Covini to produce hybrid Speedster version of six-wheeled supercar
Covini is testing a new petrol-electric hybrid "speedster" version of the new 434 bhp V8 C3A. In testing, the track-only hybrid is apparently proving to be extremely fast with excellent braking and handling. The Tyrell P34 Formula One car, which is the only working six wheel car to have been produced prior to the Covini, won an F1 race before it was banned, so the logical benefits of four-front-wheels (reduced high speed lift and improved aerodynamics, more rubber, more braking power and more grip, particularly in treacherous conditions) are once again being validated.
The Covini four wheel project has been going on for a decade now and we first wrote up the C6 eight years ago.
Italian mechanical engineer Ferruccio Covini came up with the idea of a modern version of the four-front wheels inspired by the logical engineering advantages of the P34 Tyrell.
The original concept was a product of a Ford America's Seattle-ite "far future" concept car built for the world fair in 1963.
Of all the concept cars produced throughout history, many of which have forecast technologies far before their time, the Ford Seattle-ite XXI, built to symbolize the future of American technological know-how for the 1963 World's Fair, was the boldest.
Amongst a range of concepts, the car encompassed interchangeable nuclear fuel cell power units, interchangeable bodies, interactive computer navigation, mapping and other remote auto information systems, and four driving and steering wheels. The concept car was non-functional, as the technologies to produce it did not exist.
The car drive train is expected to be equally balanced between petrol and electric power contribution, and while the hybrid will have regenerative braking, the press information indicates a single electric motor.
The current Covini C3A was one of the most exciting cars at the Goodwood Festival of Speed this year - the only supercar indeed, car of any kind with four front wheels. Covini has taken the very sound engineering principles which support the four-front wheels concept. More rubber on the road means better steering and braking and with modern brakes, suspension and advanced computerized control systems, the modern interpretation is very compelling.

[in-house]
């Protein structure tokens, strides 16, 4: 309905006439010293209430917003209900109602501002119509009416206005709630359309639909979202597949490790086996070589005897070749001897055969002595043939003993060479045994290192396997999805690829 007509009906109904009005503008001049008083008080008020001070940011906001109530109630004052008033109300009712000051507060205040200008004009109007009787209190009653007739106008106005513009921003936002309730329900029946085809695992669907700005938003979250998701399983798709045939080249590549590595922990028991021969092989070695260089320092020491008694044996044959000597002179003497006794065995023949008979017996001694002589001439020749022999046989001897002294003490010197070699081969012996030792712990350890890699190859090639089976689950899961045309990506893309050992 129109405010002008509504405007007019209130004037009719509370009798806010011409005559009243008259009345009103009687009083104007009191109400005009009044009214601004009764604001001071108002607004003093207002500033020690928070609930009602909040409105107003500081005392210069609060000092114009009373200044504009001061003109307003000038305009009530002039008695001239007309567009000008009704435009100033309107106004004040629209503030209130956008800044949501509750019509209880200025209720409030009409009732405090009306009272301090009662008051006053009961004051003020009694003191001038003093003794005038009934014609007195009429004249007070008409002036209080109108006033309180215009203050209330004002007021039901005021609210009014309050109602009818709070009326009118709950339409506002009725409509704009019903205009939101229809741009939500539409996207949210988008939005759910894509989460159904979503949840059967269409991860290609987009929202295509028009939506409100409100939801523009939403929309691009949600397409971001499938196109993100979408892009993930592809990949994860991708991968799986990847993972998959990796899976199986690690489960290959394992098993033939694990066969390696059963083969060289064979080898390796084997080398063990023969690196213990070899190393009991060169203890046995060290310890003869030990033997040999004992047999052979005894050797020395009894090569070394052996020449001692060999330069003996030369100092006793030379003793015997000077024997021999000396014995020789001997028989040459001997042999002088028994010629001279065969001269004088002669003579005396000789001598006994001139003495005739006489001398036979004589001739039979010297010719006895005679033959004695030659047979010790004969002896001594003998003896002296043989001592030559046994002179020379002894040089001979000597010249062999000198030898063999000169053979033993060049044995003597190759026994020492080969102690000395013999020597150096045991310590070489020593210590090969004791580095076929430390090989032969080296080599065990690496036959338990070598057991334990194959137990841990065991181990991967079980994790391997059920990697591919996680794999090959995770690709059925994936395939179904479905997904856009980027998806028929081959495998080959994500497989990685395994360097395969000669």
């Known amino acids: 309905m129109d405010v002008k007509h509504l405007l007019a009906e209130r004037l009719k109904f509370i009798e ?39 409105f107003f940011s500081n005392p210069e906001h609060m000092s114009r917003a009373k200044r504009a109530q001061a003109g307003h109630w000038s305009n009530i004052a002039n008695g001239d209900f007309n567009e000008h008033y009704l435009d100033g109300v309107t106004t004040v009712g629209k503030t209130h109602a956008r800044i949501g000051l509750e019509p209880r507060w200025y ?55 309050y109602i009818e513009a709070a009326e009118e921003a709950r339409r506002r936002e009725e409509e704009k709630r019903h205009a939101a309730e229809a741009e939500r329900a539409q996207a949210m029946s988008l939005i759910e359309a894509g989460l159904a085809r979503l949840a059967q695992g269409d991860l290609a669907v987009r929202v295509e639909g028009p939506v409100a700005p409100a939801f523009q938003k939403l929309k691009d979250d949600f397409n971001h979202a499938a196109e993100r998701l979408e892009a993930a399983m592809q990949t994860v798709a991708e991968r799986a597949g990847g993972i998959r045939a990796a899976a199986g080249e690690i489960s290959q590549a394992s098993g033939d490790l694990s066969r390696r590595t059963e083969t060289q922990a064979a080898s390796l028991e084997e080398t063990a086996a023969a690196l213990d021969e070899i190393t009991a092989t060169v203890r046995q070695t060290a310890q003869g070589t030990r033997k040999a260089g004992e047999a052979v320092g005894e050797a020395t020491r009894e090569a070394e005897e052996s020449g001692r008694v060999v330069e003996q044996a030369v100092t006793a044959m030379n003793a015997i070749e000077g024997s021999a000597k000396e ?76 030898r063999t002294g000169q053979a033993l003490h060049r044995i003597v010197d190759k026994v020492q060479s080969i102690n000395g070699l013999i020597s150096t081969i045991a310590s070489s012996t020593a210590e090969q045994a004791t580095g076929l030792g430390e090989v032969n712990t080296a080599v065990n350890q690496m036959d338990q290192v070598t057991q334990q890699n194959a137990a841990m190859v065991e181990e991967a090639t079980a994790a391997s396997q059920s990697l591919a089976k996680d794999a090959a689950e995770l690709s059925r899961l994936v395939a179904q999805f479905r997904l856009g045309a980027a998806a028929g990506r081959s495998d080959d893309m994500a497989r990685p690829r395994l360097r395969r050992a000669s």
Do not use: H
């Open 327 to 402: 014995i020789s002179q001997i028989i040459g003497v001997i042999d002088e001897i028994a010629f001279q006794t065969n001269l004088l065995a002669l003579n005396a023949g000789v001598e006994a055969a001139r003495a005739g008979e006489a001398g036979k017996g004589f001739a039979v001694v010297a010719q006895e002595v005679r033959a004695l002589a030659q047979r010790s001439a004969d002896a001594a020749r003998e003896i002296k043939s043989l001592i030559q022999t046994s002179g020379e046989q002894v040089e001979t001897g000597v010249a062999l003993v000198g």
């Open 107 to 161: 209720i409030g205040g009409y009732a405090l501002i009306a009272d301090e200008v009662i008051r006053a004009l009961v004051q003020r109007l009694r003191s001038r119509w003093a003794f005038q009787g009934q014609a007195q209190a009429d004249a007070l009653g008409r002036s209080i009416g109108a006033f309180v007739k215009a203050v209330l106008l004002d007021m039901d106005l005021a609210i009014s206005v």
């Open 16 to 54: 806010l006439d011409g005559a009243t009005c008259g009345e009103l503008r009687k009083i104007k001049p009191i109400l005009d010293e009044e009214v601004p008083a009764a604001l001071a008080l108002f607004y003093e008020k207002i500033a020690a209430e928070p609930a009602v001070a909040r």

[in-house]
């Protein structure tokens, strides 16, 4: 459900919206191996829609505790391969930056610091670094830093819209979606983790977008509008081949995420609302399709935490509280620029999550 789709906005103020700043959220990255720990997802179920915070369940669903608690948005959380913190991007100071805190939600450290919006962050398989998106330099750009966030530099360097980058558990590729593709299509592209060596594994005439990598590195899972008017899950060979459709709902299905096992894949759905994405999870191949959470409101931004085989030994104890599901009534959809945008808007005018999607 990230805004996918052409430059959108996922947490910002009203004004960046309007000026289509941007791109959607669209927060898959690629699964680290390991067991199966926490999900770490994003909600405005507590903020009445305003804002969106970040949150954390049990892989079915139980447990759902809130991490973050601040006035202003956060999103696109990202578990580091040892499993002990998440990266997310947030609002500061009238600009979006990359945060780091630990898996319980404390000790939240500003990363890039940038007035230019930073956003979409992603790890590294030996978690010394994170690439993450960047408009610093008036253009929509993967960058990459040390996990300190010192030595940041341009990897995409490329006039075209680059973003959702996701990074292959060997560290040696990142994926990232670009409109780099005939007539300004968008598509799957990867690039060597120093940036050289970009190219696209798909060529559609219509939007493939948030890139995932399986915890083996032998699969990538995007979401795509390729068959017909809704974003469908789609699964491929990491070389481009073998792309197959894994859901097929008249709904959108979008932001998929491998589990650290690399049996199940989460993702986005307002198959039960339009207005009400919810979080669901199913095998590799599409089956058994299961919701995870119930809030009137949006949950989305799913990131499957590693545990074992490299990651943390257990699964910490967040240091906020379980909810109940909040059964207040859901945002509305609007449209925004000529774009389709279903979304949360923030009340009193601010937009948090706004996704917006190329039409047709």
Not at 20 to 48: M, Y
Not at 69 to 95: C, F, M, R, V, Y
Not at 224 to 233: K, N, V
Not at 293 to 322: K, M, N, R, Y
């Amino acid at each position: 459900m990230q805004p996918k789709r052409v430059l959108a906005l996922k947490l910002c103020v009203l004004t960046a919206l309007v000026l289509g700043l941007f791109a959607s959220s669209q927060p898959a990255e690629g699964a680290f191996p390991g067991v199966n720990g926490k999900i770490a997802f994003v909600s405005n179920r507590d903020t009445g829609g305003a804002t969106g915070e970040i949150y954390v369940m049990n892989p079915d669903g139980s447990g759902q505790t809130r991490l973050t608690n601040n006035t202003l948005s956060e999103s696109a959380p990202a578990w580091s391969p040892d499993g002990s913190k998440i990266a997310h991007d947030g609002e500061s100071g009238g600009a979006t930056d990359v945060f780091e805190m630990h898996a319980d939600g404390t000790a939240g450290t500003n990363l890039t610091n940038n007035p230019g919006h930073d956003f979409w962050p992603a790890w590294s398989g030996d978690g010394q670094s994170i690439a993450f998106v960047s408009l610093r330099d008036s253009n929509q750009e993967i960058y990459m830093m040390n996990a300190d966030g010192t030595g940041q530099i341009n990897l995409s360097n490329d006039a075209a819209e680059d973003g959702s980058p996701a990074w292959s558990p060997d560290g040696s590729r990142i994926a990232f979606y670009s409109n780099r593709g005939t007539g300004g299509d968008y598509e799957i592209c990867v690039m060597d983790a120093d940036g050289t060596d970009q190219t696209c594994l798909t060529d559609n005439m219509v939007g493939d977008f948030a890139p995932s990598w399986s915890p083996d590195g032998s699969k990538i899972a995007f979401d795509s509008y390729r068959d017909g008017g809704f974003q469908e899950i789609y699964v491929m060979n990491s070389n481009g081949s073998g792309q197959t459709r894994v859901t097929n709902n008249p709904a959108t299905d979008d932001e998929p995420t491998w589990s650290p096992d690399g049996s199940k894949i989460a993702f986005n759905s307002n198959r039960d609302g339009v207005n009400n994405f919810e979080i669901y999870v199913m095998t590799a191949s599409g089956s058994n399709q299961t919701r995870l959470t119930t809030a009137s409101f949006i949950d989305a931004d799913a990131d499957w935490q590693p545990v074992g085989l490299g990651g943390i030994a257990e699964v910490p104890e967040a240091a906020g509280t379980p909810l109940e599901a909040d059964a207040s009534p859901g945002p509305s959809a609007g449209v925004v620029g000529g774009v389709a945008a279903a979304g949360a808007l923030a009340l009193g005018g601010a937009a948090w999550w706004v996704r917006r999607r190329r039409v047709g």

The petrol-engined C3A is rear-wheel drive, though what the hybrid vehicle's power train might be has not yet been revealed in full. The car that drove up Lord March's drieveway at Goodwood has longitudinally-mounted 434hp eight-cylinder engine of Audi parentage driving those wheels.
The normally-aspirated V8 produces maximum torque of around 470Nm at 2,700rpm, suggesting the performance of the 1150kg will be spectacular indeed.
The chassis achieves its light weight by virtue of a combination of a steel tubular spaceframe with carbon fiber structural parts and composite panels and an independent suspension with front and rear wishbones. The body work is glass fiber and carbon fiber.
In terms of the Covini's most obvious feature, the four 15 inch front wheels run 205/45-15 tires and the two 20 inch rear wheels run 345/25-20 tires.
Covini has gone to a lot of trouble to develop the lightweight wheels, pushrod front suspension and steering of the four wheels, so it will be interesting to see whether four electric wheel motors will find their way onto the front of the C3A hybrid. If four-wheel drive offers more traction than two-wheel drive, then surely six-wheel drive will be better still. Four moderately powered electric motors at the front would provide more than enough oomph to balance whatever horsepower is being fed to the rear wheels.
The press release does however mention one electric motor, not four or five. We'll trust that to Covini for now, and look forward to the prospect of the open topped track car breaking cover.